Nov 21, 2017

Driverless cars are expected to hit the roads and be available for consumer purchase in just a few years' time, with prototypes and test vehicles already being driven throughout the country. As driverless cars, or autonomous vehicles (AVs) have advanced, so have more questions about ethics, legality, and liability surfaced. Indeed, there have been many inquiries posed about who might be liable in an accident, and how AV programs will be written as it pertains to what the vehicles should do should an accident appear inevitable.

New Ethical and Legal Challenge Ahead
If the above issues weren't enough, a new ethical and legal challenge has been brought into light: should an autonomous vehicle be designed to sacrifice a driver, a passenger, another driver/passenger in another vehicle, or a pedestrian should a crash be unavoidable? What's more, would you be willing to get into an AV that is prepared to sacrifice your life?

Scientists Propose "Ethical Knob"
In order to understand the dilemma presented above, it is important to remember that when humans are responsible for operating motor vehicles, the actions that are taken are controlled by instinct (and one of the strongest of those instincts is no doubt self-preservation). Automatic vehicles' actions, on the other hand, are controlled by pre-written codes. And while 94 percent of accidents today are caused by human error - which could be virtually eliminated with AV - show vehicles should respond in the other six percent of accidents is a complicated matter.

One solution, as proposed by a group of scientists at the University of Bologna, is the installation of an "ethical knob." The ethical knob would allow the owners of AVs to customize their vehicles to act in a manner ranging between preserving a driver's/passenger's life at all costs, or preserving the life/lives of the other party/parties. In the words of the scientists who proposed the idea, the knob would allow people to "choose between different settings corresponding to different moral approaches or principles."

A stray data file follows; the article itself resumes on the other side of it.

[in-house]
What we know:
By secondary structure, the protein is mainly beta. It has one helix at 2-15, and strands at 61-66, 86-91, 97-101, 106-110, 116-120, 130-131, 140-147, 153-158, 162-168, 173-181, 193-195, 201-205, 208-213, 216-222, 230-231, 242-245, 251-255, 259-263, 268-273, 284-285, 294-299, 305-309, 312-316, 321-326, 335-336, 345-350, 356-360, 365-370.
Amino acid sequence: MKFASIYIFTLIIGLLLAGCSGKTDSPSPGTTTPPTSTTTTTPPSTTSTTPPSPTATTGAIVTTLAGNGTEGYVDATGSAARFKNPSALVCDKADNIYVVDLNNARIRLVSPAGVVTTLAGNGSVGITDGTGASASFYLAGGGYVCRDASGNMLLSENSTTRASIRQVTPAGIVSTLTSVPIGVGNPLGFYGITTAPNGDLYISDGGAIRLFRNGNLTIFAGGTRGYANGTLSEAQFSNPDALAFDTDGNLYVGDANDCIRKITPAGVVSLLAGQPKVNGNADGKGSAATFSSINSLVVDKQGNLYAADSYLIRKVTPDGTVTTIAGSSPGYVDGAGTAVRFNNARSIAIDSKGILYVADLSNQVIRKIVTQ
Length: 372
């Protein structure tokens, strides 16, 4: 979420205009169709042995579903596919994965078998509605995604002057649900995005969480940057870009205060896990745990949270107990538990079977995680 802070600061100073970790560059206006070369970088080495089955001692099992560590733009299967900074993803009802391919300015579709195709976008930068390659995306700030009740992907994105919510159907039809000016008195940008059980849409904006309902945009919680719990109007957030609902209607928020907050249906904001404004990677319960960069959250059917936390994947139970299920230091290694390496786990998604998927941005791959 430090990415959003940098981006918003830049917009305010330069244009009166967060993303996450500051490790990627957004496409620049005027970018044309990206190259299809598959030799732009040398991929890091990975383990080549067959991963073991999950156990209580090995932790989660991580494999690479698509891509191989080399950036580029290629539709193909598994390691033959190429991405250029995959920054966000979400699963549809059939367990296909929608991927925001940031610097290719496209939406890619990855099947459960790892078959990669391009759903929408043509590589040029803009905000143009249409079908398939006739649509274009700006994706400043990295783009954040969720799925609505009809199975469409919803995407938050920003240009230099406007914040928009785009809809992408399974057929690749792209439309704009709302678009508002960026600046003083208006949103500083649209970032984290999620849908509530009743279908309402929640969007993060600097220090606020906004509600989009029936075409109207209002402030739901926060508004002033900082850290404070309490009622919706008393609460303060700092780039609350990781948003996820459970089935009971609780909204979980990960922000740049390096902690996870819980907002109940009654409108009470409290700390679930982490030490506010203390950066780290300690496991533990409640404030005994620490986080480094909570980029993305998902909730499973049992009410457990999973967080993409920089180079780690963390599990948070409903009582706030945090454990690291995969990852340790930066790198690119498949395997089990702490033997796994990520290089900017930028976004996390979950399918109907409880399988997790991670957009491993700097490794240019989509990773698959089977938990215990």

Blanket Solution for All
The ethical knob in itself creates a host of questions, and not just ethical ones. For example, if a person has their "ethical knob" turned to a setting designed to save their life, even if that means risking the lives of a group of pedestrians, would they have more liability for the accident based on this choice than would a person who had not selected such a setting? On the other hand, if a person had selected a setting to preserve the lives of the other people, but those people were injured nonetheless, would victims be able to recover compensation from the vehicle owner for their injuries?

Perhaps the best idea is a one-size-fits-all setting that is aimed at taking the most utilitarian and rational approach. However, it is hard to believe that a person would get into a car that would "rationally" decide to sacrifice their life if it meant saving five (or more) others'.

Anderson Hemmat - Representing You Now and in the Future
At the law offices of Anderson Hemmat, we are interested to see how the introduction of AVs will change the legal framework within which civil actions currently operate. We want to reassure car accident injury victims that we are on your side, prepared to fight for you now, and will be ready in the future, too.

If you are involved in a car crash, please contact us today. We offer free case evaluations, and always work on a contingency fee basis.


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